Residents of Bondeni Estate blocked Mburu Gichua Road for hours to protest failure by the county administration to collect garbage.
The residents dumped mountains of garbage on the busy road that leads to Lake Nakuru National Park, disrupting traffic before police moved in to disperse them using tear gas.
The protesters used boulders and wood planks to barricade roads, accusing the county of ignoring their pleas to clean up the slum and collect garbage.
“Our drainage systems are clogged with waste brought in by storm water, yet nobody is addressing the issue,” said Benson Genge.
The residents claimed that several cases of cholera have been reported in the estate due to poor sanitation. However, The Standard could not independently confirm these claims.
“Why should the county claim to be fighting cholera when it has neglected a simple issue of waste management,” said Genge.
Others accused the county administration of shortchanging them.
Salima Kaburuka said garbage has been accumulating in the area despite residents paying Sh100 monthly for waste management.
“We pay Sh100 every month for services, yet we have been left to live in such a dirty environment,” she said.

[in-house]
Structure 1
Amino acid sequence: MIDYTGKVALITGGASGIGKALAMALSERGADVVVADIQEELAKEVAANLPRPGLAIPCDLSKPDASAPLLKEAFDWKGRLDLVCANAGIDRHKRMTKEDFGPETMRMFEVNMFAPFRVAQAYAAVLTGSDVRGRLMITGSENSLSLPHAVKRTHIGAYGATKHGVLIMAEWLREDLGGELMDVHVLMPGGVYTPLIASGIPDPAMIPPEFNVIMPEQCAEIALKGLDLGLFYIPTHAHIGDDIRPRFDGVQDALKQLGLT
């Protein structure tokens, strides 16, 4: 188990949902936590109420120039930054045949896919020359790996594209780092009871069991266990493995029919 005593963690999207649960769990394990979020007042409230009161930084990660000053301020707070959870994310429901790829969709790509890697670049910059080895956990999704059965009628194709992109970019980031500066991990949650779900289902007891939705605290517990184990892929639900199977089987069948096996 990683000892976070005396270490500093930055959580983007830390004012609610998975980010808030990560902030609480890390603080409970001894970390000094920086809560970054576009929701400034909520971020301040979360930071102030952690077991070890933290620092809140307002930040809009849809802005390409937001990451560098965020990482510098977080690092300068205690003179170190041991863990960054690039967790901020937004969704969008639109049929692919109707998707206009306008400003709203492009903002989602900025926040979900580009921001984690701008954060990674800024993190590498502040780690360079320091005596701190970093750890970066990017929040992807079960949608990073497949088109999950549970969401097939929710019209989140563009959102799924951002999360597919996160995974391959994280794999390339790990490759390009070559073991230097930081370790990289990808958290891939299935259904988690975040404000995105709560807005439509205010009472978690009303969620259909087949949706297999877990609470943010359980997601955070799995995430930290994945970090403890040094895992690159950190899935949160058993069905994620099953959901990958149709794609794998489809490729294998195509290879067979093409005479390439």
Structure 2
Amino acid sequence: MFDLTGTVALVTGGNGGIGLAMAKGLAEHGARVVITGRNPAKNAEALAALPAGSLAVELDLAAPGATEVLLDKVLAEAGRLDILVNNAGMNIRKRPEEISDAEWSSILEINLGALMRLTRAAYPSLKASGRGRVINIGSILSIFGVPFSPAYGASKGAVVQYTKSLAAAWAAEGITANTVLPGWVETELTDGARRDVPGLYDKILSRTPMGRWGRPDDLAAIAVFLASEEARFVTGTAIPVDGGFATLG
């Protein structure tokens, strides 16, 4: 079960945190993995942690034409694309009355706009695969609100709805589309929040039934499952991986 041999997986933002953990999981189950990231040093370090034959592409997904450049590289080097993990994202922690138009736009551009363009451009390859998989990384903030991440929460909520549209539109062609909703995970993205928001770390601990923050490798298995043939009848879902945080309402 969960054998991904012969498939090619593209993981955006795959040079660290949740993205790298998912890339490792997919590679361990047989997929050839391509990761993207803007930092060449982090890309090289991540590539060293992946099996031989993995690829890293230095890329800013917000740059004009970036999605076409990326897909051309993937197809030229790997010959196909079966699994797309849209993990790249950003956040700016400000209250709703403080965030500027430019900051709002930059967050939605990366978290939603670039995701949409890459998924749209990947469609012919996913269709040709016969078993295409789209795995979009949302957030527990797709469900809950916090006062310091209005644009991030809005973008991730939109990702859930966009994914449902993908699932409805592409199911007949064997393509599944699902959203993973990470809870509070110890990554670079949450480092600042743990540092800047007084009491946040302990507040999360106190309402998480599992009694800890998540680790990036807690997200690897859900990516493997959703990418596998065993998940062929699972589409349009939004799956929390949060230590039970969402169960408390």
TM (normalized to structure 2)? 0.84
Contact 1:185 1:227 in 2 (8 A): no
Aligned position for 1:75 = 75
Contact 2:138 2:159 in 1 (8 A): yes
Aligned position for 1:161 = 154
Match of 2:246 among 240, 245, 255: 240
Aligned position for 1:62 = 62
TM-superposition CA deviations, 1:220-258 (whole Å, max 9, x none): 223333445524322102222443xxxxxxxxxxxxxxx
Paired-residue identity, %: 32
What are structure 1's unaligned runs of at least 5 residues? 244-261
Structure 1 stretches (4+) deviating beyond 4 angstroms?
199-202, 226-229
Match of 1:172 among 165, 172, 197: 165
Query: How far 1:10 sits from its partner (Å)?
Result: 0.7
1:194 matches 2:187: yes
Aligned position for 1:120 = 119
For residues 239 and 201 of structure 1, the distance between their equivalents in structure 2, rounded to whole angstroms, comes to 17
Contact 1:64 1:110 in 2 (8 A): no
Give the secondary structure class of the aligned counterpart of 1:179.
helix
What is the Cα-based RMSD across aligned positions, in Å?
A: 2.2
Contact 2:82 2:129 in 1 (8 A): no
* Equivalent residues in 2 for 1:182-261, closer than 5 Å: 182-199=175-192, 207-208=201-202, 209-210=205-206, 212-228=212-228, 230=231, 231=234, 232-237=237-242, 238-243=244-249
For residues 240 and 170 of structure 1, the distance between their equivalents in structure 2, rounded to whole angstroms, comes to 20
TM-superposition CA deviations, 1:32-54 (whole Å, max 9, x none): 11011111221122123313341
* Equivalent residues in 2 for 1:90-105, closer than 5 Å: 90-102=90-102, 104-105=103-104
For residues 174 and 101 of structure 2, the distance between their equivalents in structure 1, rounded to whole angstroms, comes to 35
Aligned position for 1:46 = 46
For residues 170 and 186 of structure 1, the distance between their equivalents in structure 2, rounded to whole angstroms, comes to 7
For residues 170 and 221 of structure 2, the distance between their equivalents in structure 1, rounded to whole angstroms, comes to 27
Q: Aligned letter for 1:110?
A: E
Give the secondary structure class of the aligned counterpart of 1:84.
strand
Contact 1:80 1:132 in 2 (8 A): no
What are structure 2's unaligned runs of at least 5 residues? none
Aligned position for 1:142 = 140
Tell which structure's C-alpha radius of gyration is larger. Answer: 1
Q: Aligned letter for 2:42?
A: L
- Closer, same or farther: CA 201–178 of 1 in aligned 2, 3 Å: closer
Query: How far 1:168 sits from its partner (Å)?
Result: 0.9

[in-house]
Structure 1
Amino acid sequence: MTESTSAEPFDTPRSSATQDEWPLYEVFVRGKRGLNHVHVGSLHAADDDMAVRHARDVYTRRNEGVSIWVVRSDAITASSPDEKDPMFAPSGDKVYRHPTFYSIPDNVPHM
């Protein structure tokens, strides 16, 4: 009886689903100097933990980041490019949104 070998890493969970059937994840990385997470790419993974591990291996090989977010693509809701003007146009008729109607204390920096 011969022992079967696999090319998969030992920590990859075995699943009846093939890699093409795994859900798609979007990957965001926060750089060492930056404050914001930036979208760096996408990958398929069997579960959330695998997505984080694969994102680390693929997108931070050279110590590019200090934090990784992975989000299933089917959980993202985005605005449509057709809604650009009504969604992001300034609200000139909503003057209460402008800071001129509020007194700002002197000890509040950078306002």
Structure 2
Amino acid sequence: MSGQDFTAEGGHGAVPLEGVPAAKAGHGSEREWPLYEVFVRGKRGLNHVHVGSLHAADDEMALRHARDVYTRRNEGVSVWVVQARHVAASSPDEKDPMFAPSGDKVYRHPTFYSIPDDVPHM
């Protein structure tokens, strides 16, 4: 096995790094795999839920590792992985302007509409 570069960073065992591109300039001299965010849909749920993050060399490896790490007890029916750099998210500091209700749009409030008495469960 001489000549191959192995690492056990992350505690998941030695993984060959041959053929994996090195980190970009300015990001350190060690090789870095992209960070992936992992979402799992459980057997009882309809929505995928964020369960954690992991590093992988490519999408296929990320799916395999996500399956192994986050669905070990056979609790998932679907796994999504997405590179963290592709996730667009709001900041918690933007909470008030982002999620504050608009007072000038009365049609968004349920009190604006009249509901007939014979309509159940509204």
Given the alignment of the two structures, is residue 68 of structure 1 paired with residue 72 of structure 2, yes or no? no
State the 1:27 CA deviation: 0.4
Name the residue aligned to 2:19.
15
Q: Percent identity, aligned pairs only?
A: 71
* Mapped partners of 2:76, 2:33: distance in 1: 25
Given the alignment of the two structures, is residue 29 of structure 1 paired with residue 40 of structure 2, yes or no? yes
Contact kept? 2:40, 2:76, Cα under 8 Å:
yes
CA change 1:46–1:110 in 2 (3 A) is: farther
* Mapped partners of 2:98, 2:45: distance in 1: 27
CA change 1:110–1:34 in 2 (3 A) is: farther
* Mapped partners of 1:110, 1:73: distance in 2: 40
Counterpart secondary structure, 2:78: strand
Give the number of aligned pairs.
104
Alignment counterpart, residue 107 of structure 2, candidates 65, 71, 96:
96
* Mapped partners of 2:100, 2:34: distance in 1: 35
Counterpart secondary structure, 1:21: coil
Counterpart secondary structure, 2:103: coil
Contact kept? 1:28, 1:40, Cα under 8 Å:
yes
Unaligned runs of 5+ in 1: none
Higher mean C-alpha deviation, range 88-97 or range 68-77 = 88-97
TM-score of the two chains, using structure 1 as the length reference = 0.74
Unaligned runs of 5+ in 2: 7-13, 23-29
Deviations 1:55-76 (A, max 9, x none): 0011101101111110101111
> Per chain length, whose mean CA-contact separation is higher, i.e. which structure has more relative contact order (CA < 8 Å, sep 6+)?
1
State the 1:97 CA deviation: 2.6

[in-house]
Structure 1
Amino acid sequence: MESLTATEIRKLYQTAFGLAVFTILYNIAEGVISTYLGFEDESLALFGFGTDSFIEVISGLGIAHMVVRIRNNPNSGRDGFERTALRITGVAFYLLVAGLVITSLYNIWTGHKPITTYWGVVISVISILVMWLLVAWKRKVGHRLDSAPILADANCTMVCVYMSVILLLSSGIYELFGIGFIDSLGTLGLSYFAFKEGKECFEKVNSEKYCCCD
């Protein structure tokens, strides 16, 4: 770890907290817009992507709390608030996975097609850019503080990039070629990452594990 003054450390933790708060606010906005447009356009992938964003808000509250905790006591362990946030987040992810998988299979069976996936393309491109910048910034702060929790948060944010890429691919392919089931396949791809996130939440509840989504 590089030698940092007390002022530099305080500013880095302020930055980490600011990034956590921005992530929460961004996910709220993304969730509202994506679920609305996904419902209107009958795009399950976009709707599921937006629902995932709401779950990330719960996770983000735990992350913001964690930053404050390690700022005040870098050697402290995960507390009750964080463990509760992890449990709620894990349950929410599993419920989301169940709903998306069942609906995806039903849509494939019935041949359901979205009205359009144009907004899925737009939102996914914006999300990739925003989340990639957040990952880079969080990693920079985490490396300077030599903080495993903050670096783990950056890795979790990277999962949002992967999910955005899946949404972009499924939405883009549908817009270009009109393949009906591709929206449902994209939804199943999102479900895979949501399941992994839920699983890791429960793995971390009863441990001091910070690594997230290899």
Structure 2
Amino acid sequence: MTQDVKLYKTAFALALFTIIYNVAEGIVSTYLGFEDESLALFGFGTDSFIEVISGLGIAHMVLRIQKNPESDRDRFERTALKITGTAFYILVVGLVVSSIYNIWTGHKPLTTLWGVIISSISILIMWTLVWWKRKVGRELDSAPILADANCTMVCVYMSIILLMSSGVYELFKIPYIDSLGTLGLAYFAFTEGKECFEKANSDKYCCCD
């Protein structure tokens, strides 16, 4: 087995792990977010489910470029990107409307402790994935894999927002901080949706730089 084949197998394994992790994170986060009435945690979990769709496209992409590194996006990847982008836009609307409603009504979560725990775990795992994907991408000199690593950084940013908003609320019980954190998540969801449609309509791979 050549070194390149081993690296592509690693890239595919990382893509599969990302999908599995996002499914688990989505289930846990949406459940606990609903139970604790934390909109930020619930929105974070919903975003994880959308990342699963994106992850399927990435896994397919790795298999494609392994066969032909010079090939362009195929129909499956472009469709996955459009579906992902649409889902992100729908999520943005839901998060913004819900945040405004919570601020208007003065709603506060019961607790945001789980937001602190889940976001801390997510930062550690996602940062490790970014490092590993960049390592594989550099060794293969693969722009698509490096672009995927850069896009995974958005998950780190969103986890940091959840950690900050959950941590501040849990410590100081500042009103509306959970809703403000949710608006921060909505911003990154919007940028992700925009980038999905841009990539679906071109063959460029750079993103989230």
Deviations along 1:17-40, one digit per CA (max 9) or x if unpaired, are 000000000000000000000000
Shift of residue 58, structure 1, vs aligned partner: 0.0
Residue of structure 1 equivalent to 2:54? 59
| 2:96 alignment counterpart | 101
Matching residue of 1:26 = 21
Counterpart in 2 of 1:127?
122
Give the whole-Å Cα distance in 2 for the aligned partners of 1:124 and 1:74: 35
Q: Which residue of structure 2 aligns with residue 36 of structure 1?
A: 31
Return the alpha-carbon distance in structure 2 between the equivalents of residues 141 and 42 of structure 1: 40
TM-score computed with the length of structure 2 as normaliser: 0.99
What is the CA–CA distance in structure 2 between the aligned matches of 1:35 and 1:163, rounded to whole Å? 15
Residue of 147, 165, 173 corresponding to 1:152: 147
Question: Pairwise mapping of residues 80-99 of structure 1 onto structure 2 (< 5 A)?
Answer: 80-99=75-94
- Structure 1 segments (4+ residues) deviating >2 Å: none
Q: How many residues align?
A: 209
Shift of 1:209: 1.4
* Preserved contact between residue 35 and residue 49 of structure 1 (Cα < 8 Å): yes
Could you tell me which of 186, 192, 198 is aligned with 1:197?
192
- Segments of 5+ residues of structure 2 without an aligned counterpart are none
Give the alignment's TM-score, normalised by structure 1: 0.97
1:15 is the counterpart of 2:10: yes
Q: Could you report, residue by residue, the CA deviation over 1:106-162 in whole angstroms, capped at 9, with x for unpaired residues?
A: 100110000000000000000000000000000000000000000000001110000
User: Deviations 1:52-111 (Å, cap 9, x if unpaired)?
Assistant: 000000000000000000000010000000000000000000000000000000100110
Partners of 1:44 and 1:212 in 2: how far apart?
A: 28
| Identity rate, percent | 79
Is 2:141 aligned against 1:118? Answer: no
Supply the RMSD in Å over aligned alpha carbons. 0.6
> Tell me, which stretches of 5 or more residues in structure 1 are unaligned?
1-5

According to the chairman of community policing in the estate, Ibrahim Mageto, garbage has not been collected for the past three months.
He said the problem was compounded by the rains that swept garbage from other parts of Nakuru town into the slum.
"In January, we hired a lorry to transport the waste to Gioto dumpsite, unfortunately it keeps flowing back to the estate," he said.
Police said eight protesters were arrested.
“It is their right to conduct peaceful protests but we cannot have them causing chaos and disruptions," said Nakuru Town East sub-county deputy police commander Daniel Kitavi.
Environment chief officer Muriithi Kiogora blamed the situation on the residents and politicians, accusing them of rejecting private waste management agencies contracted by the county since October 2016.
He said the most affected estates were Bondeni, Kaloleni, Kivumbini and Manyani.
“Agents who had been contracted to manage waste in the estate said they were sent away by local politicians despite having undergone the normal procurement process," he said.